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Abby25

Mint - what a load of rubbish they've sent !

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well done abs :))

 

My acc has been passed to triton (rbs dca) who received a stern letter! "Apologies sparta we sending you back to RBS/mint", too right.

 

I wonder why I havent had the same response you have had as I sent similar letters and am in the same boat i.e. application form no prescribed terms? maybe a little behind you (or is that you have a little behind?);)

 

Well done again.


Advice & opinions given by spartathisis are personal, are not endorsed by Consumer Action Group, and are offered informally, without prejudice & without liability. Your decisions and actions are your own, and should you be in any doubt, you are advised to seek the opinion of a qualified professional.:)

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Oh hi Mr Sparts ... !!

 

Wanted to let you know what had happened, and to thank you again for your help with this ..!!;):D

 

Well, with myself, if you remember they admitted they didn't have a copy agreement at all ..... but were still trying to enforce ...

 

Then they sent me another letter saying "we have applied to our archieve dept for the agreement" .... to which I basically said thats funny last time you wrote it hadn't survived the passage of time.

 

So should you turn up an agreement now, I'd have grave concerns upon how this had actually been retrieved (i.e letting them know that I'd suspect they photoshopped it)... and accordingly would want to see the original doc, by court order, if not volunteered upon request .....

 

This appeared to scare the pants off them .... which is when the latest letter arrived ... just 5 days later .... in which they have basically said yes we admit no agreement, and therefore can't have a court enforce, and there is no need for court action for them to accept this.

 

But if I don't pay they will record this data with credit ref agencies which will affect my ability to borrow in the future.

 

So there you have it ... but I was wondering, should I go back and say they can't process my data without a signature, and that the balance should be reverted to zero.

 

Or just let things lay, and just wait for the default (which they will no doubt apply) to fall off in 6 yrs?

 

Abs xxx:)

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Have a good read of this thread its very informative. http://www.consumeractiongroup.co.uk/forum/legal-issues/170345-tale-dodgy-dn.html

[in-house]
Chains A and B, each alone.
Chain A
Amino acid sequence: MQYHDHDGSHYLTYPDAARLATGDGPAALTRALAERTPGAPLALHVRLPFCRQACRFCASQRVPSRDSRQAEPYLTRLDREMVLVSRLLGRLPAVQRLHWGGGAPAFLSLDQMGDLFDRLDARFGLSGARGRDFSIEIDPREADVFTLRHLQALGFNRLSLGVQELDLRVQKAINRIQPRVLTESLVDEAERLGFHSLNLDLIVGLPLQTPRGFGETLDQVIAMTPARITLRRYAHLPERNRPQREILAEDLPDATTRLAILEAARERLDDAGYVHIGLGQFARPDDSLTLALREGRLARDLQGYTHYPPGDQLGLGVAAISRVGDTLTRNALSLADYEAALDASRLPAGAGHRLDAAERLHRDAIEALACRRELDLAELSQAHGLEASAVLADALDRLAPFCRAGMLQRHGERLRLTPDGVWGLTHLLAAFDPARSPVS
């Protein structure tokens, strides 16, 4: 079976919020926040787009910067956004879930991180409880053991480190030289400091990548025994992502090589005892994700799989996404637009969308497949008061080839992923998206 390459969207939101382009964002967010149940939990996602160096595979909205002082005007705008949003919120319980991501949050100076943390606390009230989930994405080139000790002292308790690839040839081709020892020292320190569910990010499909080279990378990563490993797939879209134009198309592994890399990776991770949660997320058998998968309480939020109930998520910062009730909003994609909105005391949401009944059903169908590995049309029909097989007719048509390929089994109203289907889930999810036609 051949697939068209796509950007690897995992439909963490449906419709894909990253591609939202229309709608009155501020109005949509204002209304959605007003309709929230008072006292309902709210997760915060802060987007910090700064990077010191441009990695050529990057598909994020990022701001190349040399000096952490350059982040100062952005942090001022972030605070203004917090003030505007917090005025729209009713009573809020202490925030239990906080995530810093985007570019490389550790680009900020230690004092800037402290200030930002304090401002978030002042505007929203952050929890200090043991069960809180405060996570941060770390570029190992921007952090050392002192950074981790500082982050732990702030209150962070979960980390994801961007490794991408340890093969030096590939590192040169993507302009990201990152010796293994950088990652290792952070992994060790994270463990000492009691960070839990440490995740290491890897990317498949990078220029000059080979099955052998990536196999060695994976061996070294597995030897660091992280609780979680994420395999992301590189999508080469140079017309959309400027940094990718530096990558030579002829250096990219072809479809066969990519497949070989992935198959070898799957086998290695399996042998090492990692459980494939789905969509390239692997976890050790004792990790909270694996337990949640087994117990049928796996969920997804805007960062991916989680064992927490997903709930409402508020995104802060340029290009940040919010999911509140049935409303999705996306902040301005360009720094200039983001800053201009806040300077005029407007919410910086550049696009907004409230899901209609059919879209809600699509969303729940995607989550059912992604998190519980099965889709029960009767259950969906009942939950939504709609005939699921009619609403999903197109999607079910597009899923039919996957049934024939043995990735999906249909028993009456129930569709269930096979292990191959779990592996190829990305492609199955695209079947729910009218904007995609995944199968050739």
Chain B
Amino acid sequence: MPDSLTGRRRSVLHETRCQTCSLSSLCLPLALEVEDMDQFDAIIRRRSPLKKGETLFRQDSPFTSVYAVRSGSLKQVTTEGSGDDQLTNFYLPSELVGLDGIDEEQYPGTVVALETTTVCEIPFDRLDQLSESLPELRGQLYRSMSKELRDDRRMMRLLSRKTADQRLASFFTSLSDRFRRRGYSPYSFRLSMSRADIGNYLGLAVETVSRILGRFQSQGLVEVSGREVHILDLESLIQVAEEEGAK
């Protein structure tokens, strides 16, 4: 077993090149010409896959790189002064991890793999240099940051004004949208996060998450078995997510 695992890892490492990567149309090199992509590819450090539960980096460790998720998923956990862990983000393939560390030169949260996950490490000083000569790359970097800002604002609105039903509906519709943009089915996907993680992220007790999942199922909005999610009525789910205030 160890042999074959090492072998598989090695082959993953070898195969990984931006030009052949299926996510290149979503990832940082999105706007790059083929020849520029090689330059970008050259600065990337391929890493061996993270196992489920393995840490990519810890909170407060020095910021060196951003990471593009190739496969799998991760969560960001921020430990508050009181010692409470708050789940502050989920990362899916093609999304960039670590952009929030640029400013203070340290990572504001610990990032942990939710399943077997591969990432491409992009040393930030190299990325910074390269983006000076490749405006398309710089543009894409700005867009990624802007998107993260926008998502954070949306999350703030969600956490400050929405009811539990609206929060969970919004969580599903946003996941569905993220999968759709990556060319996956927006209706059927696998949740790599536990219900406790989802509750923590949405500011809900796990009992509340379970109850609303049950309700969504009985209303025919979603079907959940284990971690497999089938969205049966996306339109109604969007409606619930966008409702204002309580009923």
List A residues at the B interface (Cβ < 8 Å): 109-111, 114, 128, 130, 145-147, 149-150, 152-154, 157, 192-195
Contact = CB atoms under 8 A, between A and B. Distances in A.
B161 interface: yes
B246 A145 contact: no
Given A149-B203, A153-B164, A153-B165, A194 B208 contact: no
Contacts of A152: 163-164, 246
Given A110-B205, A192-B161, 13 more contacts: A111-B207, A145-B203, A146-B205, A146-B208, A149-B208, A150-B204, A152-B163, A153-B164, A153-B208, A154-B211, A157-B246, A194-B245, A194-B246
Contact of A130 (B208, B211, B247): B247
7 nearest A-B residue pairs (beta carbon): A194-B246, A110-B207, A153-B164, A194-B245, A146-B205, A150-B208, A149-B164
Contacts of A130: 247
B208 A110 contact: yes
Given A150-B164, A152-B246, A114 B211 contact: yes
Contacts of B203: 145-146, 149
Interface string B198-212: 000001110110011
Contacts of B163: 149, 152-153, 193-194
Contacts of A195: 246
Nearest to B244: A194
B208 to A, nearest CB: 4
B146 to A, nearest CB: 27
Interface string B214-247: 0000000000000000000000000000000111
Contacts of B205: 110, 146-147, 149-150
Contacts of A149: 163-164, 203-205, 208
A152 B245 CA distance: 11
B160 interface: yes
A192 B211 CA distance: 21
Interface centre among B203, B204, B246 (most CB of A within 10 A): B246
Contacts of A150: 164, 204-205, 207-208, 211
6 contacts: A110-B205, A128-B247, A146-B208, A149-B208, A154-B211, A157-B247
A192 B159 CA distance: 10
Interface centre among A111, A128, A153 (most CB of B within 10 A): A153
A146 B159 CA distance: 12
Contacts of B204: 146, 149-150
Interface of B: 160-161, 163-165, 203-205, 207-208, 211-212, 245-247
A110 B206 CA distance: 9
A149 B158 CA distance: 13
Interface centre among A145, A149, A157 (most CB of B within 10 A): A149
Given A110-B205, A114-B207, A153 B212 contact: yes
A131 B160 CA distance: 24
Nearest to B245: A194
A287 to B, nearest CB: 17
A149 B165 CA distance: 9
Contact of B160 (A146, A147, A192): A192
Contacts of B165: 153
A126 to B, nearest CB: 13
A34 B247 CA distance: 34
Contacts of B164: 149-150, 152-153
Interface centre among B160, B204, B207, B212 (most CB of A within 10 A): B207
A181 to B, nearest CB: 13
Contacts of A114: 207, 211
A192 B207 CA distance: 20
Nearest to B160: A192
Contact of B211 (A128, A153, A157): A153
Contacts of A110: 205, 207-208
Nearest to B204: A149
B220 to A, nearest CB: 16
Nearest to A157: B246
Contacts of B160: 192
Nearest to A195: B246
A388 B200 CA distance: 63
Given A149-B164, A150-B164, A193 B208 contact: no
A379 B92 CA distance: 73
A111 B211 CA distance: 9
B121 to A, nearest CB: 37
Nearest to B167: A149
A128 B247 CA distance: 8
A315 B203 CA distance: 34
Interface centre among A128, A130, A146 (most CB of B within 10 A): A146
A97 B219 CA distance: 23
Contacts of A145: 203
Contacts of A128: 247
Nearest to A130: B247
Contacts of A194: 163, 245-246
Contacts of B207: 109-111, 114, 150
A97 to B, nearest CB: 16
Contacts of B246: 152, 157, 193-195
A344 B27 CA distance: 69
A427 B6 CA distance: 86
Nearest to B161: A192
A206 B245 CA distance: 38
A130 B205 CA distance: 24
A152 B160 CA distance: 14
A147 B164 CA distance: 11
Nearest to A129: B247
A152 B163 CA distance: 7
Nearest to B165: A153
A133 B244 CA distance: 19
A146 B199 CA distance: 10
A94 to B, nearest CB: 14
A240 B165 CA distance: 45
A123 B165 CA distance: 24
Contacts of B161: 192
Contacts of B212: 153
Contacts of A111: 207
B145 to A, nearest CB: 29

i believe surfaceagent x20 is a solicitor, his posts are normally very detailed and full of the finer legal points. Post 11 has a little info with regard to recording data, I would remind them that they are not allowed to process without your permission. Complain to the ICO, i have just put complaints in against HFC & MBNA, let them put the frighteners on them. Why accept the default?

 

You can also write to the CRA`s enclosing a copy of the "we dont have a CCA" letter stating that that RBS do not have permission to process your data. I believe they will look into it ans as you have then informed them they are then also liable if they continue to process data illegally.

 

:)

Edited by spartathisis
missed something out

Advice & opinions given by spartathisis are personal, are not endorsed by Consumer Action Group, and are offered informally, without prejudice & without liability. Your decisions and actions are your own, and should you be in any doubt, you are advised to seek the opinion of a qualified professional.:)

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Hi

 

Have been following your thread with interest

 

I have a tesco card( was RBS) have received similar stuff as you

 

I would be grateful if you could PM me the letter yousent (minus personal details of course) i also cpr have sent a reminder and it is being ignored. they have had 3months of letters from me asking for various documents which they never supply.

 

hope all goes well with you

 

thanks

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posts 33 n 39, just copy n paste as req :)

 

Start your own thread n post a link on here, scan in app/cca they sent default etc. RBS obviously employ morons who hide behind titles so you never know if a letter is being looked at by the same people. They dont know the law, but try make out they do unfortunately.


Advice & opinions given by spartathisis are personal, are not endorsed by Consumer Action Group, and are offered informally, without prejudice & without liability. Your decisions and actions are your own, and should you be in any doubt, you are advised to seek the opinion of a qualified professional.:)

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Quick update .....

 

Well Triton have now popped up .... going to send bemused letter ... but how can mint pass to internal dca, when they have admitted no agreement held, and that they know they can not enforce thru courts?

 

I am well and truly bemused ....:mad:

 

Abs xx